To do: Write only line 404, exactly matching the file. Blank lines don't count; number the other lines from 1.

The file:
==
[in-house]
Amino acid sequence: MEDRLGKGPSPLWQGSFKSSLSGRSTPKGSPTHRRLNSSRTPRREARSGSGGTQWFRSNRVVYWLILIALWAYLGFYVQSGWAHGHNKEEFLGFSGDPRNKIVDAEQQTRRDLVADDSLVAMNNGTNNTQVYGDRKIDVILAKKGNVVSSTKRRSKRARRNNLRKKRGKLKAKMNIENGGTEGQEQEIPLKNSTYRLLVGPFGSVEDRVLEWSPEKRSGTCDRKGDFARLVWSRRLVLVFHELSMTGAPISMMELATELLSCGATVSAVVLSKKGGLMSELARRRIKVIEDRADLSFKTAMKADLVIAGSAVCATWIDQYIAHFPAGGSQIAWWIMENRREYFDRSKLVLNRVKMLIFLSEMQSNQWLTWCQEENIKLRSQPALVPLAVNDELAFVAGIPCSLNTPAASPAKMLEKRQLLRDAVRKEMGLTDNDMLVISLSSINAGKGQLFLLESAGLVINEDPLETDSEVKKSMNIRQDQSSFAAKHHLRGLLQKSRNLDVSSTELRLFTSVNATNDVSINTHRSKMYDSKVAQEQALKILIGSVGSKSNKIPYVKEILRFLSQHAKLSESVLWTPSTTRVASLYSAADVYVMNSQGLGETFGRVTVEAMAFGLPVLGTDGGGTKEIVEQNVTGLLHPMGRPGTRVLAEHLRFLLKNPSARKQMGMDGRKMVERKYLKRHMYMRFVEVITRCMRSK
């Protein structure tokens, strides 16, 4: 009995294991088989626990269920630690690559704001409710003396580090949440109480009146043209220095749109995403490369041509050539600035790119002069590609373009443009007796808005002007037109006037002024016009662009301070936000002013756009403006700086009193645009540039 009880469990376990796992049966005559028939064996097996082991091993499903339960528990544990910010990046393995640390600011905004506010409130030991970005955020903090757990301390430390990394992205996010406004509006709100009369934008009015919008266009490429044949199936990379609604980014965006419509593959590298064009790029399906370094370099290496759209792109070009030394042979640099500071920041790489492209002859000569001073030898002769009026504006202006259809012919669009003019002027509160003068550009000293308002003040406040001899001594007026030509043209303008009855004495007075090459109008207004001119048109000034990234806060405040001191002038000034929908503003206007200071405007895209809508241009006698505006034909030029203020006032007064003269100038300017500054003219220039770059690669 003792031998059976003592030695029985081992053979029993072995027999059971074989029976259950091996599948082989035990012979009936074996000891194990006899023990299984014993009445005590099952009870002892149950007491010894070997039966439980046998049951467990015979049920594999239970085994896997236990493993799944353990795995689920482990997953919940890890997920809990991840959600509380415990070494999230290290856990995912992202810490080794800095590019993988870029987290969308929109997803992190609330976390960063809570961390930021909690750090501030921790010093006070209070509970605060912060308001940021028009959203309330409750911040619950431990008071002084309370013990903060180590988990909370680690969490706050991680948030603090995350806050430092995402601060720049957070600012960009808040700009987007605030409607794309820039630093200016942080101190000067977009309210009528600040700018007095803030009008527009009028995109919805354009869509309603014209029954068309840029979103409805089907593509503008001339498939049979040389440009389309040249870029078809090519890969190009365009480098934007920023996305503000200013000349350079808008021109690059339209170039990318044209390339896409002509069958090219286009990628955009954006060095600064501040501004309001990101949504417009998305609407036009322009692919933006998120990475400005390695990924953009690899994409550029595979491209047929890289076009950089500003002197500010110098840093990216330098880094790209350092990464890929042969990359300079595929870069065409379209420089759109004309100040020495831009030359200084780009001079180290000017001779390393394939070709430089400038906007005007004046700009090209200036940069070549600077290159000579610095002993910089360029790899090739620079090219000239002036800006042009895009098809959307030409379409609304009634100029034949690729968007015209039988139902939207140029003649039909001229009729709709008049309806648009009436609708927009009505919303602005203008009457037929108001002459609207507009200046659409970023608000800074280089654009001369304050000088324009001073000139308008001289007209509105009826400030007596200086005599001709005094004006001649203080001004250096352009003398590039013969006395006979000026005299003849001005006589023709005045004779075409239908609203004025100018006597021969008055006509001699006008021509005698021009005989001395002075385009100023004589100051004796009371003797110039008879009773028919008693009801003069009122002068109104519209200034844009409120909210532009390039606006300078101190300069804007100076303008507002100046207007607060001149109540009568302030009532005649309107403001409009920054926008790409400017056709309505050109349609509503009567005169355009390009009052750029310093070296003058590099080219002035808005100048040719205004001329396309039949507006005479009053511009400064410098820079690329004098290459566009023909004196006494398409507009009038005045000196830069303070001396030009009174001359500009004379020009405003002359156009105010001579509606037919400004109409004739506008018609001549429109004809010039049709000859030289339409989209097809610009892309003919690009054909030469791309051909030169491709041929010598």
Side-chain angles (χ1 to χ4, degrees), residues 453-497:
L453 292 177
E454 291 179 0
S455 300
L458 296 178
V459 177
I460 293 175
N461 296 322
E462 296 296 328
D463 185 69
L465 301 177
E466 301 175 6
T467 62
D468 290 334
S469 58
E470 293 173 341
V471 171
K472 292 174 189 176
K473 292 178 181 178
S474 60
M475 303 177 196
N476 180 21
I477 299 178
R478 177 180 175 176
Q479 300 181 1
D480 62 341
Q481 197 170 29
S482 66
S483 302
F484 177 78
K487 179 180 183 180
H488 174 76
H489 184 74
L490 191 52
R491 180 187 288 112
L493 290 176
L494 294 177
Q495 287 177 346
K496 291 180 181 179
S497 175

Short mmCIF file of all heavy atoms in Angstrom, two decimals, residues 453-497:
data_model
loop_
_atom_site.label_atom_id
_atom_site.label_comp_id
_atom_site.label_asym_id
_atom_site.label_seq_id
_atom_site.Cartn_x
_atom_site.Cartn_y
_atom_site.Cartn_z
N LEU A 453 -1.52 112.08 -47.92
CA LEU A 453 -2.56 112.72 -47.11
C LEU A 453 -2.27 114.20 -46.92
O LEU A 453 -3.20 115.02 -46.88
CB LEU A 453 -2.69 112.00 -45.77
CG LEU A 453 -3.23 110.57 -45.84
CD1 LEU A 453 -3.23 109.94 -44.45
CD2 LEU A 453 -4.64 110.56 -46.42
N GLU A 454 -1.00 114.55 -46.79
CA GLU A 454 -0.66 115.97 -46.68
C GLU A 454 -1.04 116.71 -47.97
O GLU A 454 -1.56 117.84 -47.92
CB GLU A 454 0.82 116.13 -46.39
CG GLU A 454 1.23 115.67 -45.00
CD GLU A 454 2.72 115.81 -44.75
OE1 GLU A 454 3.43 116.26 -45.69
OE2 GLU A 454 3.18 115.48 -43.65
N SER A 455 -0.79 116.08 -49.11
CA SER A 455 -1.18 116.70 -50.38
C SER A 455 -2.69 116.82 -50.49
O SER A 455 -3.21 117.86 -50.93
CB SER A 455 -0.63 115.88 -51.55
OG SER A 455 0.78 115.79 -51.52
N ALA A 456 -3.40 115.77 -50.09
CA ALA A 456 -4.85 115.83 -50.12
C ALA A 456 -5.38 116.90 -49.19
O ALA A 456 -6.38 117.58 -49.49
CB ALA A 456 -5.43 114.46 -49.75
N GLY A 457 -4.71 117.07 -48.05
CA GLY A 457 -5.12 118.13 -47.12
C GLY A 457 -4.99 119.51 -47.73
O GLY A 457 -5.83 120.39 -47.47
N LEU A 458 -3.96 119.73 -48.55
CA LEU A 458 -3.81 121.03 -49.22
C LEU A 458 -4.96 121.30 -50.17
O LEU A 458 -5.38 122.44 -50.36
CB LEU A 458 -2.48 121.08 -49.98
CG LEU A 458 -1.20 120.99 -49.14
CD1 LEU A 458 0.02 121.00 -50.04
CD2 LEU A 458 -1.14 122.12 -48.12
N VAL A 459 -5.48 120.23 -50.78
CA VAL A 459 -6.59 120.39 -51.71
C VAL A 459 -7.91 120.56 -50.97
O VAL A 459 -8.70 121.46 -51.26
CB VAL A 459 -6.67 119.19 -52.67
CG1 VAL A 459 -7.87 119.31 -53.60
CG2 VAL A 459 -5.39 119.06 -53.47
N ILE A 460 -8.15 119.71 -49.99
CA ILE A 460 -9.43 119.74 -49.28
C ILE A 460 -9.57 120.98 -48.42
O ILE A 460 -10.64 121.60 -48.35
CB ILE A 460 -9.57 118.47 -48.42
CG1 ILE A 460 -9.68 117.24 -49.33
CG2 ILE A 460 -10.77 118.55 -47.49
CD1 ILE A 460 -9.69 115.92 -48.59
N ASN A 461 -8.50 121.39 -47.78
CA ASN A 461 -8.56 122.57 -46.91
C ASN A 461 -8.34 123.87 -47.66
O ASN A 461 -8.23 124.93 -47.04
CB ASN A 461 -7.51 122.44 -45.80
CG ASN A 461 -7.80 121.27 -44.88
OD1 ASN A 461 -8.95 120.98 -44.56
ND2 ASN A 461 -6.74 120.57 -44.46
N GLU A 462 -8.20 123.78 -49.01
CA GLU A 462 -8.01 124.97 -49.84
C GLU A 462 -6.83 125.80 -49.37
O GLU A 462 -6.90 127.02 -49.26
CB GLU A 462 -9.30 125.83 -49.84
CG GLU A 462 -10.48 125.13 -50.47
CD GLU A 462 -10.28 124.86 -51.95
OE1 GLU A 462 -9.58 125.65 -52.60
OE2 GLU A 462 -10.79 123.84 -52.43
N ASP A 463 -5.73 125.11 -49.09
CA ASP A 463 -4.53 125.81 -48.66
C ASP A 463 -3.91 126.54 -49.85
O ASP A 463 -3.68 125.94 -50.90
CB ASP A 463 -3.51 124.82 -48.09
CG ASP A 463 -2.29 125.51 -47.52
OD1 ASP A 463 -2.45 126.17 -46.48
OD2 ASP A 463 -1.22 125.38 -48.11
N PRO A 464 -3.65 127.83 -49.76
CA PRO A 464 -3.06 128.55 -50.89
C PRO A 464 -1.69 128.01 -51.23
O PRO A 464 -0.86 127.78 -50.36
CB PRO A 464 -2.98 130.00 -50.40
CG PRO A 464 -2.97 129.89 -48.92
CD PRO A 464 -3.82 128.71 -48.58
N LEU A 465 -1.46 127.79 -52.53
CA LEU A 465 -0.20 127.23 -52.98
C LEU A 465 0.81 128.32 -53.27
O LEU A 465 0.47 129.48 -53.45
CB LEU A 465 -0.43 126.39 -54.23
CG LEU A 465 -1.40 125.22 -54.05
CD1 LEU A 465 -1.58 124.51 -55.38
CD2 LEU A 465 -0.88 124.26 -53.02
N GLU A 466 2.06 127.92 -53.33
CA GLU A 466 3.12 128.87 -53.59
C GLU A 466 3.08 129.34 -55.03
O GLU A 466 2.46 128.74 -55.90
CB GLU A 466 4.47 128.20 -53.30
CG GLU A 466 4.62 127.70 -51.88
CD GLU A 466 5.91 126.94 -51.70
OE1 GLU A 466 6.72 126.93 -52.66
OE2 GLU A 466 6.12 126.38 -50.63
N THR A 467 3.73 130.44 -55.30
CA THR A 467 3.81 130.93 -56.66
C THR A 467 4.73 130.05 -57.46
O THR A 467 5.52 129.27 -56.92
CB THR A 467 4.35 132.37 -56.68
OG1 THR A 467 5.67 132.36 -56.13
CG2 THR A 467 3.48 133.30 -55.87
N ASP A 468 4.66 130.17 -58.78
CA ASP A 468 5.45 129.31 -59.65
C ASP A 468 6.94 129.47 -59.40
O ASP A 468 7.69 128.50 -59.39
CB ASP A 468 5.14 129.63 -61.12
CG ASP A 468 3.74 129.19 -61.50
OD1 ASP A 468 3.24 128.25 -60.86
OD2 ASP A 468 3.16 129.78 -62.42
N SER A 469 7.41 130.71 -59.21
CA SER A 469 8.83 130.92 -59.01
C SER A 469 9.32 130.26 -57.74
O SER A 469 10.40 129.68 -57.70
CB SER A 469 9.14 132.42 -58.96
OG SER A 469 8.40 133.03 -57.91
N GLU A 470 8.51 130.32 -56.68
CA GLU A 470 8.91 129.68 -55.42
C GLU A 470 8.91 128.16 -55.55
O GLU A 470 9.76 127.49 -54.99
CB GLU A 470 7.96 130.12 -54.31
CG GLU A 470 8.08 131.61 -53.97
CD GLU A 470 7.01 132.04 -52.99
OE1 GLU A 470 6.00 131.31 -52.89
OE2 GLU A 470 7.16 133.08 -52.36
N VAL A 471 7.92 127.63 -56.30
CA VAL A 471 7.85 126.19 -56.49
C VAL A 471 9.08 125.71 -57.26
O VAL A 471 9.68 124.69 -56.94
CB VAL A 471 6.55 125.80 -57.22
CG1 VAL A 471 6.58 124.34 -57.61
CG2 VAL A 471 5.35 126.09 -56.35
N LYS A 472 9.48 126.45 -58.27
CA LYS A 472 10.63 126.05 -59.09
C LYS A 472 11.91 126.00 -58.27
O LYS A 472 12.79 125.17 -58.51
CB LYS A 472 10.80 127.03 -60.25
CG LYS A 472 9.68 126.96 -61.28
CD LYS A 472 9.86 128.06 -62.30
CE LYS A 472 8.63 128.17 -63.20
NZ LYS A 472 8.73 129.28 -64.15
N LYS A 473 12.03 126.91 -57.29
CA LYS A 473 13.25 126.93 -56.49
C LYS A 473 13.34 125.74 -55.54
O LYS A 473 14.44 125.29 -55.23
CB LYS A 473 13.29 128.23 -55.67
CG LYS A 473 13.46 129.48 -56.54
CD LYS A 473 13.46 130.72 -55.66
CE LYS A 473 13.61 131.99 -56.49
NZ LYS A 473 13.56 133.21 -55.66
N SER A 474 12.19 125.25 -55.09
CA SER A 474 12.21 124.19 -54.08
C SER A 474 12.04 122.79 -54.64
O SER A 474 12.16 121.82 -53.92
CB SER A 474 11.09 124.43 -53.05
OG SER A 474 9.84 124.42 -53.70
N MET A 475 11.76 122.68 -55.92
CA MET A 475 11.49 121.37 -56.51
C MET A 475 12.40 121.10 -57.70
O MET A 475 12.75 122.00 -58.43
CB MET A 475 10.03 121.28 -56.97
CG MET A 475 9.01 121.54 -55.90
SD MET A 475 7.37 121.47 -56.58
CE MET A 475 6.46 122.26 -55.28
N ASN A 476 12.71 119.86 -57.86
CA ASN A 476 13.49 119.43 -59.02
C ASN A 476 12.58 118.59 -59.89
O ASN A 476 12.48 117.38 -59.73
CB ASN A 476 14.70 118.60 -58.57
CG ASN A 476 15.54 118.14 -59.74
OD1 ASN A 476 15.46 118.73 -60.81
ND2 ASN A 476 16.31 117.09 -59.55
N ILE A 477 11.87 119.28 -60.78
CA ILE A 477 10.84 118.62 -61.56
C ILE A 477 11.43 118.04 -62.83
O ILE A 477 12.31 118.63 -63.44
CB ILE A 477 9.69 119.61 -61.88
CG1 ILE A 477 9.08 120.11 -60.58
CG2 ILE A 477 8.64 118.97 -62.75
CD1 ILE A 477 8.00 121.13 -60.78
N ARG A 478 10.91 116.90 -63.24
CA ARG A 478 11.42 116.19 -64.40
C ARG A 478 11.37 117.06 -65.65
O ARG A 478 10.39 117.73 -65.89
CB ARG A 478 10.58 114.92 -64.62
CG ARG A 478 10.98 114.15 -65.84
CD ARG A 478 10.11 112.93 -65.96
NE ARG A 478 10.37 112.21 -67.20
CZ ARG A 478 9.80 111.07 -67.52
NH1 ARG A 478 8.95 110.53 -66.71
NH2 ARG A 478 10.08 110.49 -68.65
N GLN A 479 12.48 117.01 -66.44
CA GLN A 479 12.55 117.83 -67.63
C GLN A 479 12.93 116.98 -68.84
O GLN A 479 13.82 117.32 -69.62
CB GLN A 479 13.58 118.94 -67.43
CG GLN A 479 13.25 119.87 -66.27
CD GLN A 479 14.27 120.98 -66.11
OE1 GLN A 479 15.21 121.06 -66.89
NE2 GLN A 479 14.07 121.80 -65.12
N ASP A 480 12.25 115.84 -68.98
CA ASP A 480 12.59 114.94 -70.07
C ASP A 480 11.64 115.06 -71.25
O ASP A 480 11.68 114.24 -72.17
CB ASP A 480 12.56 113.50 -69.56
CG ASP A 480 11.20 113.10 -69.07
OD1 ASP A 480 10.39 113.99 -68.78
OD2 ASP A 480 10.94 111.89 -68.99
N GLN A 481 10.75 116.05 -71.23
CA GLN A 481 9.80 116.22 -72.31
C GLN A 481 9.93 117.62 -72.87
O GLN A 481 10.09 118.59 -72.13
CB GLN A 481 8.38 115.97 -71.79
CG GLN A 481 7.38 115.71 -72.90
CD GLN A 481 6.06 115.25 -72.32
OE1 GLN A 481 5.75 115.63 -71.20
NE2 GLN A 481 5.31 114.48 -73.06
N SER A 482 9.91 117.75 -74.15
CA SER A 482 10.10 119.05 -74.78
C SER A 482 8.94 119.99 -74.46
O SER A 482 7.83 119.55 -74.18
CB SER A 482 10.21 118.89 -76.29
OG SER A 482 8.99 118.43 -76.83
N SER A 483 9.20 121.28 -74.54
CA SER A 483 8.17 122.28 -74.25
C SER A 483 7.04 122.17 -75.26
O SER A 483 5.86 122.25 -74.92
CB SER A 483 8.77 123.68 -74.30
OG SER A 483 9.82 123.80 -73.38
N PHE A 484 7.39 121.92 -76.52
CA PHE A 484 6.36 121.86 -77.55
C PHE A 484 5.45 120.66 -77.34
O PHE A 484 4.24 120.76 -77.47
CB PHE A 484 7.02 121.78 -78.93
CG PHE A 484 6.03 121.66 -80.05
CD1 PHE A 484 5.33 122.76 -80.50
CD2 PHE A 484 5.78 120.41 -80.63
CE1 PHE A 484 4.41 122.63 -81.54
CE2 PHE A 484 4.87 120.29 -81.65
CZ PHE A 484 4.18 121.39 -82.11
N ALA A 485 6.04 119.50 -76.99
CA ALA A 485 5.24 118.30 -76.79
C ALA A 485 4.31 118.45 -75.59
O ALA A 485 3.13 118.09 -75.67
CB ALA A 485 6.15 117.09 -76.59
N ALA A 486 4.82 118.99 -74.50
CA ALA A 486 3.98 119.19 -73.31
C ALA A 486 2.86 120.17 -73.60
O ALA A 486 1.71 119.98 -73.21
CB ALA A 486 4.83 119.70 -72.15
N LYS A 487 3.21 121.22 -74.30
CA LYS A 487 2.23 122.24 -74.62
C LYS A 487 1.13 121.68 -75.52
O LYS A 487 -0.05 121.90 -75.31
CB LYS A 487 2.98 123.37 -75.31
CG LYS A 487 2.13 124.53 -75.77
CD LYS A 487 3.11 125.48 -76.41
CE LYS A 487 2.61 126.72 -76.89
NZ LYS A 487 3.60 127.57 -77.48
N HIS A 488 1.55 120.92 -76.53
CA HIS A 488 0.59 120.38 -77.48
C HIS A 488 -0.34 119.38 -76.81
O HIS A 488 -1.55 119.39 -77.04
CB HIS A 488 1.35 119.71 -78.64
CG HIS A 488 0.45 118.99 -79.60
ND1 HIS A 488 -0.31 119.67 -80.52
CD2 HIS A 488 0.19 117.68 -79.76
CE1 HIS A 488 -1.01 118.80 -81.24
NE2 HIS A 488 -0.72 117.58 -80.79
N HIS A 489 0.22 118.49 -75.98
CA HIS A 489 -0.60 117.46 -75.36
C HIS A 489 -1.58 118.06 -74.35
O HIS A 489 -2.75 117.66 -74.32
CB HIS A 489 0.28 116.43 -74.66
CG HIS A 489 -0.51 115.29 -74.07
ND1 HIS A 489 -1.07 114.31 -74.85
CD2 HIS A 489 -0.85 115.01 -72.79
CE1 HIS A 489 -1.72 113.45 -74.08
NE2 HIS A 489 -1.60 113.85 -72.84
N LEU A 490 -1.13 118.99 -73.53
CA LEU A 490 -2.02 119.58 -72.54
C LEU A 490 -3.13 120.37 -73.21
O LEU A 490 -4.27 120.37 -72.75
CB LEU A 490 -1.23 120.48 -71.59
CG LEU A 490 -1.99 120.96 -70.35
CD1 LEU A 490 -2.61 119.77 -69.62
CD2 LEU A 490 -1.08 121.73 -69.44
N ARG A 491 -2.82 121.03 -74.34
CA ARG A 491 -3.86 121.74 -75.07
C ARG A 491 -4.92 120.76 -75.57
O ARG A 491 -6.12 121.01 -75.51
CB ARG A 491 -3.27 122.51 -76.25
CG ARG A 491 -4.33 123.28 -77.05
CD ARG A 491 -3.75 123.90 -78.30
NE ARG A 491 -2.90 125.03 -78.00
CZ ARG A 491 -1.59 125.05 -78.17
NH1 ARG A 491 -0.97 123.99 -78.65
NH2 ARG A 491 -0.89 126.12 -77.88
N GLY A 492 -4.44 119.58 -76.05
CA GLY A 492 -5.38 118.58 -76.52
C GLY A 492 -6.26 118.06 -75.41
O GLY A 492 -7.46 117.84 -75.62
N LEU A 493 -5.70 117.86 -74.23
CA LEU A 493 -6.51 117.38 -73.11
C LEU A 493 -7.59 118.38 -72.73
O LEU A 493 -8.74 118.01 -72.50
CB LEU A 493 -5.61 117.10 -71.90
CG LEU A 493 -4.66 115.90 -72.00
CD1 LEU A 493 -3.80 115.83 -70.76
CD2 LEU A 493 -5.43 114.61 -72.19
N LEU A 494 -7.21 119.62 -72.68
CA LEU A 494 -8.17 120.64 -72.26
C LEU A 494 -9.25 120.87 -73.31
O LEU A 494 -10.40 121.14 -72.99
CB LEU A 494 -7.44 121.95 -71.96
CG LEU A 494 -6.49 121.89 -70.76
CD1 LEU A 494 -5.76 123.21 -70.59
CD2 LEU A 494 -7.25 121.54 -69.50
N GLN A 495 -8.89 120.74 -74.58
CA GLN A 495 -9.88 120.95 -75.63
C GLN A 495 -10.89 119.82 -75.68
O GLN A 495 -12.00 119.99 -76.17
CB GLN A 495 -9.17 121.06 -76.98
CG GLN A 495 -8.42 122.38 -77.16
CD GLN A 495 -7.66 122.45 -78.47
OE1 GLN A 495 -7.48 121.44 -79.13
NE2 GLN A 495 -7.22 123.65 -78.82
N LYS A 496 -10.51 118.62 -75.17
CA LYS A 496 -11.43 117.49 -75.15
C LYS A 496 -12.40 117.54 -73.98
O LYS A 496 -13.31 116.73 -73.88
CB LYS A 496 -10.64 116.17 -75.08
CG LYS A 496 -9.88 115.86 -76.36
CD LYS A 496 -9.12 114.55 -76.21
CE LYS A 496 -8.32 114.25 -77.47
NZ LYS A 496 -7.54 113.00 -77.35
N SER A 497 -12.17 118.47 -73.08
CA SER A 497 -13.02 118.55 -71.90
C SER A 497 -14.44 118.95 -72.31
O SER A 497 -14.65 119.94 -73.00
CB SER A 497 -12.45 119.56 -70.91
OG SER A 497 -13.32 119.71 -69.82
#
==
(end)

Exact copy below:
OG SER A 497 -13.32 119.71 -69.82